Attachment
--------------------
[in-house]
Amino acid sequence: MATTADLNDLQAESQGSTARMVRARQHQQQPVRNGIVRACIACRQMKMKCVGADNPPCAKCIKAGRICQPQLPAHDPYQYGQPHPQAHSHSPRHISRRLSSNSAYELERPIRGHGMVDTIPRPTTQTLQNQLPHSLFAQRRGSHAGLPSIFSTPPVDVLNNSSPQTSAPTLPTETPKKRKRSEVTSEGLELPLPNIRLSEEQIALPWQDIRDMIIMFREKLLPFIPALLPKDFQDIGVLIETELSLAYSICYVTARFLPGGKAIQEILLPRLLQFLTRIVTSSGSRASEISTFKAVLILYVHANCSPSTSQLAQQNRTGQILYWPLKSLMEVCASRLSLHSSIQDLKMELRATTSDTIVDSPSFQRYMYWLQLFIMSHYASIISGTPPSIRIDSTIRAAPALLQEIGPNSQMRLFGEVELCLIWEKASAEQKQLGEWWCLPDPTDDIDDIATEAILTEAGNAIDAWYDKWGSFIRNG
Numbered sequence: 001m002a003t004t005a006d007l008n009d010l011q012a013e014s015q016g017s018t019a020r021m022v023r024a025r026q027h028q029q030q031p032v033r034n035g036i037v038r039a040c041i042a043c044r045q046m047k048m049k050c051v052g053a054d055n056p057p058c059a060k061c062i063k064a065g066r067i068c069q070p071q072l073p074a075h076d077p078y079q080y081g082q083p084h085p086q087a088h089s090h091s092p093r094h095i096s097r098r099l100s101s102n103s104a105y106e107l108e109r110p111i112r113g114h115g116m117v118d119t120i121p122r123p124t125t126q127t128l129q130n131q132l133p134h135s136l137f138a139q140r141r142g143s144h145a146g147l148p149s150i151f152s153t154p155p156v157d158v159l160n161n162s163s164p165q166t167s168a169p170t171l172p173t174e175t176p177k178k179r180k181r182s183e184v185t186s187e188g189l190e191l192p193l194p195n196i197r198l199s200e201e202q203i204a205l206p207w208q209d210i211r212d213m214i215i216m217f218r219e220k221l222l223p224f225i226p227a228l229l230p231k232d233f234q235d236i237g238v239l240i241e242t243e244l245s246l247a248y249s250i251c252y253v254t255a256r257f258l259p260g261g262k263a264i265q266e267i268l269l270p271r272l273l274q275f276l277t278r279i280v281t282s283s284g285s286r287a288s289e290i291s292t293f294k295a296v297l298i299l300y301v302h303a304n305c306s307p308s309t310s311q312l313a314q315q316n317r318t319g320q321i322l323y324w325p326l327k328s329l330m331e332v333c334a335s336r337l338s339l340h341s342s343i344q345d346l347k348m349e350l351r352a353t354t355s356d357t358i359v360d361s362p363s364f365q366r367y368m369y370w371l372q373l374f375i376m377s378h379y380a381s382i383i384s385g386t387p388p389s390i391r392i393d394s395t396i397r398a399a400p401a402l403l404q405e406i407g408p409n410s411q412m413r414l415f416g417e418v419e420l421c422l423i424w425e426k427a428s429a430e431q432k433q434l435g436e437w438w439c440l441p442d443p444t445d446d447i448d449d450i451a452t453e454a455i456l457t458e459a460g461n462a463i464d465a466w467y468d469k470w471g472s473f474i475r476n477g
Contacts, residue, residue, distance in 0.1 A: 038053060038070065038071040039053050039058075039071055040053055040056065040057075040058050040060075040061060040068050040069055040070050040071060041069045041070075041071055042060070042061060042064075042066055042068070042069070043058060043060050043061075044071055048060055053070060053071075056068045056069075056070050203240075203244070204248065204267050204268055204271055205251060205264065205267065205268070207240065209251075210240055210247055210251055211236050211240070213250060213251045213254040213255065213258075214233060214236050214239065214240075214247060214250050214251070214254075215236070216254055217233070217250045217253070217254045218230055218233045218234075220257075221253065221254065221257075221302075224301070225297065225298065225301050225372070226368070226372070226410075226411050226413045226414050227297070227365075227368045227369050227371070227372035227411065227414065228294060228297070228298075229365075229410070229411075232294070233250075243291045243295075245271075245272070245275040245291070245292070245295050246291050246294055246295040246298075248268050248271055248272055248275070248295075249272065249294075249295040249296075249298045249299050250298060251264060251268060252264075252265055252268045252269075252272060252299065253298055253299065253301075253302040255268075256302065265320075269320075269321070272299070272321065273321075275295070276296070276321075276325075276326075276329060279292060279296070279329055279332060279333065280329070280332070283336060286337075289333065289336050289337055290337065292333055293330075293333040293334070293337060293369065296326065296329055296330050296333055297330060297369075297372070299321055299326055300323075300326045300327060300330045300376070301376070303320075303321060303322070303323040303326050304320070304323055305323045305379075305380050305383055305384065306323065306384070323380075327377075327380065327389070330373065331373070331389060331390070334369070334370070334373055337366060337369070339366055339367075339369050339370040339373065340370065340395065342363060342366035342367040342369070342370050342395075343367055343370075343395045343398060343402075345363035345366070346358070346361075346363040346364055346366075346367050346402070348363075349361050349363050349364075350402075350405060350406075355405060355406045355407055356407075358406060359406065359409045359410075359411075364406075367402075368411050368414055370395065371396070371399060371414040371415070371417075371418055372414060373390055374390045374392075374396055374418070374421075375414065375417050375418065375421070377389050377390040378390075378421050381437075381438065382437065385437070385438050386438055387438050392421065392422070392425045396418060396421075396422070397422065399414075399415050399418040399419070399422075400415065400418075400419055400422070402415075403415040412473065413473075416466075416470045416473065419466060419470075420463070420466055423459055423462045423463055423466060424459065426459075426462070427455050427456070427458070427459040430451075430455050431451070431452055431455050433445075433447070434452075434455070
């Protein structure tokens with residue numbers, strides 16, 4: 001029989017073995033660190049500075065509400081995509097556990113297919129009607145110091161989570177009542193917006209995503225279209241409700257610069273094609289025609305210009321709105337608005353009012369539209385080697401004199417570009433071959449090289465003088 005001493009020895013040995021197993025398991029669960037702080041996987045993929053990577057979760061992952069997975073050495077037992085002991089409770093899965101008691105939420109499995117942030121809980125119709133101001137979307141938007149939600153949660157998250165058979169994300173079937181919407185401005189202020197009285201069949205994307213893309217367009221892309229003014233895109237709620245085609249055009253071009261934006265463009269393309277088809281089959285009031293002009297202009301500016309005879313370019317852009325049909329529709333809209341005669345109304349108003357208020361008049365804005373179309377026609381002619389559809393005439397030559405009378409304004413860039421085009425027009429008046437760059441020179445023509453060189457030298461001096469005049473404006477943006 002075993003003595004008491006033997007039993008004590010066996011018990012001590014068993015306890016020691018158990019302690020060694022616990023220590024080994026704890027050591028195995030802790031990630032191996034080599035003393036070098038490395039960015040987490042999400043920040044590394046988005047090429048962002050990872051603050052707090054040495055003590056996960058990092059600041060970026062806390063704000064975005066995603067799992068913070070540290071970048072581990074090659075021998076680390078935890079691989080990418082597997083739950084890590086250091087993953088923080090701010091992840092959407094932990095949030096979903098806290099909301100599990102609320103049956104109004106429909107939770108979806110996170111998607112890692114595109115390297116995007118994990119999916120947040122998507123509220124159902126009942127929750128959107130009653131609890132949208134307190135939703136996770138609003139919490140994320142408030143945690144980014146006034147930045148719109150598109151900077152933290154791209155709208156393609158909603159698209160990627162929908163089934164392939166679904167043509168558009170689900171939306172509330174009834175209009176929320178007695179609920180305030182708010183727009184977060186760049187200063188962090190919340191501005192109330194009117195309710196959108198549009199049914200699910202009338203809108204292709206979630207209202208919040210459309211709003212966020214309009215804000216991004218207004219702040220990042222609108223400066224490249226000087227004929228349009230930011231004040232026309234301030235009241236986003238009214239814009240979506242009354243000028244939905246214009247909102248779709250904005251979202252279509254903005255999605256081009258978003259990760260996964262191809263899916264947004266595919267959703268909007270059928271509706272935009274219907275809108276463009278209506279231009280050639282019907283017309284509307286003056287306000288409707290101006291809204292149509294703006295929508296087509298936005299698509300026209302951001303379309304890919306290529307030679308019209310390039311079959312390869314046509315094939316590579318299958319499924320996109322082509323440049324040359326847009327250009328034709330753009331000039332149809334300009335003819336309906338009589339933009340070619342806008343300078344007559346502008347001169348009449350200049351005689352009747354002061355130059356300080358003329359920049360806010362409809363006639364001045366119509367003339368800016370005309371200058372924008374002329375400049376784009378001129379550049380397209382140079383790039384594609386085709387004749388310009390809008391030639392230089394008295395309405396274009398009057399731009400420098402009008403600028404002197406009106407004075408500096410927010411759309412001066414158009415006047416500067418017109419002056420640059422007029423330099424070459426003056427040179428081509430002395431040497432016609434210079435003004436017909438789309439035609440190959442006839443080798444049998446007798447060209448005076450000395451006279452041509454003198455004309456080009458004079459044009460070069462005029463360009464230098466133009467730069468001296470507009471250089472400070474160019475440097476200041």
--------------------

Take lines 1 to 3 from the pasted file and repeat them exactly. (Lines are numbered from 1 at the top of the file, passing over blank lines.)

[in-house]
Amino acid sequence: MATTADLNDLQAESQGSTARMVRARQHQQQPVRNGIVRACIACRQMKMKCVGADNPPCAKCIKAGRICQPQLPAHDPYQYGQPHPQAHSHSPRHISRRLSSNSAYELERPIRGHGMVDTIPRPTTQTLQNQLPHSLFAQRRGSHAGLPSIFSTPPVDVLNNSSPQTSAPTLPTETPKKRKRSEVTSEGLELPLPNIRLSEEQIALPWQDIRDMIIMFREKLLPFIPALLPKDFQDIGVLIETELSLAYSICYVTARFLPGGKAIQEILLPRLLQFLTRIVTSSGSRASEISTFKAVLILYVHANCSPSTSQLAQQNRTGQILYWPLKSLMEVCASRLSLHSSIQDLKMELRATTSDTIVDSPSFQRYMYWLQLFIMSHYASIISGTPPSIRIDSTIRAAPALLQEIGPNSQMRLFGEVELCLIWEKASAEQKQLGEWWCLPDPTDDIDDIATEAILTEAGNAIDAWYDKWGSFIRNG
Numbered sequence: 001m002a003t004t005a006d007l008n009d010l011q012a013e014s015q016g017s018t019a020r021m022v023r024a025r026q027h028q029q030q031p032v033r034n035g036i037v038r039a040c041i042a043c044r045q046m047k048m049k050c051v052g053a054d055n056p057p058c059a060k061c062i063k064a065g066r067i068c069q070p071q072l073p074a075h076d077p078y079q080y081g082q083p084h085p086q087a088h089s090h091s092p093r094h095i096s097r098r099l100s101s102n103s104a105y106e107l108e109r110p111i112r113g114h115g116m117v118d119t120i121p122r123p124t125t126q127t128l129q130n131q132l133p134h135s136l137f138a139q140r141r142g143s144h145a146g147l148p149s150i151f152s153t154p155p156v157d158v159l160n161n162s163s164p165q166t167s168a169p170t171l172p173t174e175t176p177k178k179r180k181r182s183e184v185t186s187e188g189l190e191l192p193l194p195n196i197r198l199s200e201e202q203i204a205l206p207w208q209d210i211r212d213m214i215i216m217f218r219e220k221l222l223p224f225i226p227a228l229l230p231k232d233f234q235d236i237g238v239l240i241e242t243e244l245s246l247a248y249s250i251c252y253v254t255a256r257f258l259p260g261g262k263a264i265q266e267i268l269l270p271r272l273l274q275f276l277t278r279i280v281t282s283s284g285s286r287a288s289e290i291s292t293f294k295a296v297l298i299l300y301v302h303a304n305c306s307p308s309t310s311q312l313a314q315q316n317r318t319g320q321i322l323y324w325p326l327k328s329l330m331e332v333c334a335s336r337l338s339l340h341s342s343i344q345d346l347k348m349e350l351r352a353t354t355s356d357t358i359v360d361s362p363s364f365q366r367y368m369y370w371l372q373l374f375i376m377s378h379y380a381s382i383i384s385g386t387p388p389s390i391r392i393d394s395t396i397r398a399a400p401a402l403l404q405e406i407g408p409n410s411q412m413r414l415f416g417e418v419e420l421c422l423i424w425e426k427a428s429a430e431q432k433q434l435g436e437w438w439c440l441p442d443p444t445d446d447i448d449d450i451a452t453e454a455i456l457t458e459a460g461n462a463i464d465a466w467y468d469k470w471g472s473f474i475r476n477g